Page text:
Lebanon’s defence minister on Thursday exhibited two drones he said Israel had sent last month into a Beirut bastion of the Shiite militant group Hezbollah.
Elias Bou Saab displayed a pair of drones — one intact and the remains of the other — and used slides to give a detailed account of the alleged Israeli operation.
He said the devices were “advanced military production” and even listed the name and address of one Israeli company he said made some of the components.
The August 25 drone incident in Beirut, which came a day after Israeli strikes targeted Hezbollah operatives in Syria, drastically raised tensions in the region.
Lebanon’s government and Hezbollah chief Hassan Nasrallah both described the apparently botched operation as an act of aggression.
Israel’s and Hezbollah’s respective patrons, the United States and Iran, have been locked in an escalating tit-for-tat proxy war in recent months.
Bou Saab said that the data retrieved from the intact drone — from which the explosive charge was purportedly removed for the press conference — offered a set of detailed times and locations.
The operation was initiated 11.6 kilometres (7.2 miles) off the coastal airstrip of Habonim, south of the Israeli city of Haifa, he said, adding that the explosives-laden device had been guided by another larger drone in the area.
To reach its presumed target, that device flew over the Jnah district near Beirut International Airport, in what the defence minister said would have posed a risk to civilian air traffic.
Following the Beirut incident, Hezbollah had vowed to take down Israeli drones overflying Lebanon and on September 9 claimed it had downed and seized one.
The Israeli army confirmed that one of its devices “fell” in Lebanon but it has not commented on the August 25 incident.
Israeli President Reuven Rivlin on Sunday said that Germany’s warning to Jews on the dangers of wearing the traditional kippah cap was a “capitulation to anti-Semitism” and evidence Jews were unsafe there.
Germany’s government commissioner on anti-Semitism, Felix Klein, said in an interview published Saturday he “cannot advise Jews to wear the kippah everywhere all the time in Germany,” due to increasing anti-Semitism and anti-Jewish attacks there.
Rivlin said Klein’s remarks “shocked” him, and while appreciating the German government’s “commitment to the Jewish community,” accused it of bowing to those targeting Jews in Germany.
“Fears about the security of German Jews are a capitulation to anti-Semitism and an admittance that, again, Jews are not safe on German soil,” he said.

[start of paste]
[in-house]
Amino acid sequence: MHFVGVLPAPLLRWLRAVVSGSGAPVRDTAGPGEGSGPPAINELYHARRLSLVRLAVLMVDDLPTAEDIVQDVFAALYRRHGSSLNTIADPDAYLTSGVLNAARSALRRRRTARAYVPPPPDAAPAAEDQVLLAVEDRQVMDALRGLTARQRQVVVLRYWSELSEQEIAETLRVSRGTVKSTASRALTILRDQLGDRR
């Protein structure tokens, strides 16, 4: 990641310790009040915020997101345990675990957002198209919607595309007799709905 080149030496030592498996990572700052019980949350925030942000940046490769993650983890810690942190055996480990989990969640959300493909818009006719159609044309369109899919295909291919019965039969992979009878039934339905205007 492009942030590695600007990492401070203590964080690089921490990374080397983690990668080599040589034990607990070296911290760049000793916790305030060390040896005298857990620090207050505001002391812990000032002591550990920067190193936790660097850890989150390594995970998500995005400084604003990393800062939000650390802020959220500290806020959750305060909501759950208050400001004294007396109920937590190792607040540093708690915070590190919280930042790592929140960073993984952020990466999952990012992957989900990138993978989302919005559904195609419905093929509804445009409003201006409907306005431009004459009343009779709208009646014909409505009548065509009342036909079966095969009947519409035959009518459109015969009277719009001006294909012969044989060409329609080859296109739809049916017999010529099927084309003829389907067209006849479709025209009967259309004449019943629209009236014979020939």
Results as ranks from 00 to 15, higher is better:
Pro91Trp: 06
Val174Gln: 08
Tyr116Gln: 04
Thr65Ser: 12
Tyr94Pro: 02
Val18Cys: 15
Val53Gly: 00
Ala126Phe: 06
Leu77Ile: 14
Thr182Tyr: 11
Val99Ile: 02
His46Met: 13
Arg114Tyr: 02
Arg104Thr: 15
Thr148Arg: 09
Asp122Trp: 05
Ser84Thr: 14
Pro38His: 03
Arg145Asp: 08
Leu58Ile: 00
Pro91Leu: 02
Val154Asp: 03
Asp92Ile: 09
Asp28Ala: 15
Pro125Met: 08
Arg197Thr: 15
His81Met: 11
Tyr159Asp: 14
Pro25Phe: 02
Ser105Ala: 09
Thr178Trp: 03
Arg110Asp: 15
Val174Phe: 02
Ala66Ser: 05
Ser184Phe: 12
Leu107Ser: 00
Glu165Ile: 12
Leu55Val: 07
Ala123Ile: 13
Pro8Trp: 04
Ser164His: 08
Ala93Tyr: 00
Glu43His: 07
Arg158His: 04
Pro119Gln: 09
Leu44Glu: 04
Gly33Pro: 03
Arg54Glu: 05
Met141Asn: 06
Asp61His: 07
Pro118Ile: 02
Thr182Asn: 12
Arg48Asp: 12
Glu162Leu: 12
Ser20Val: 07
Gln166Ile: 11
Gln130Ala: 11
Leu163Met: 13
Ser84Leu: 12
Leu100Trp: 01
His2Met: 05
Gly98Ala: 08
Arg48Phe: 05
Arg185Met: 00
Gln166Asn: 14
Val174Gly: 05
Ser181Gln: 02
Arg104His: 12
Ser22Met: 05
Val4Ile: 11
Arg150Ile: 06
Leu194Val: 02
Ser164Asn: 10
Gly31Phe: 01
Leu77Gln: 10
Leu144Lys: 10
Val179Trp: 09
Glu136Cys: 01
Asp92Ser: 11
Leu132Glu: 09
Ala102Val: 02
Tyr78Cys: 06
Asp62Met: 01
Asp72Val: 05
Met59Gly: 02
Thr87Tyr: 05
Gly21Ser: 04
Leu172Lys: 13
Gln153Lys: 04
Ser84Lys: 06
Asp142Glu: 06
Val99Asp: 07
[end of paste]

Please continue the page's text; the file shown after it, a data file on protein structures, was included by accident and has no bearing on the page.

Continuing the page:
“We will never submit, will never lower our gaze and will never react to anti-Semitism with defeatism — and expect and demand our allies act in the same way,” he said.
Anti-Semitic crimes rose by 20 percent in Germany last year, according to interior ministry data which blamed nine out of 10 cases on the extreme right.
Klein, whose post was created last year, said that while the far-right was to blame for the vast majority of anti-Semitic crime, some Muslims were also influenced by watching certain television channels “which transmit a dreadful image of Israel and Jews”.
Germany has a culture of atonement over atrocities committed during World War II, during which the ruling Nazis orchestrated the murder of some six million Jews in the Holocaust.
Previous Israeli statements about her murder came only from top diplomats and politicians.
Israel’s ambassador to the United Nations, Danny Danon, accused the UN Security Council of staying silent in the face of what he charged was the complicity of the Palestinian Authority (PA) of president Mahmud Abbas in such attacks.
“The PA maintains its policy of paying salaries for terrorists and educating its youth with incitement, and a 19-year-old girl was brutally murdered in Israel,” he said.
“The Security Council has the responsibility and moral duty to make a clear condemnation of this barbaric murder and to act firmly against the culture of terror in the Palestinian Authority.”
Prime Minister Benjamin Netanyahu vowed in a statement on Friday evening that “the security forces will track down those responsible for this killing and we will treat them with the full force of the law.”
Netanyahu’s principal challenger in an April 9 general election, former armed forces chief of staff Benny Gantz, said he had full confidence in the ability of the security forces to arrest the killer.
The West Bank was hit by a bout of unrest in December as tensions eased in the Gaza Strip. but they later eased in the West Bank too.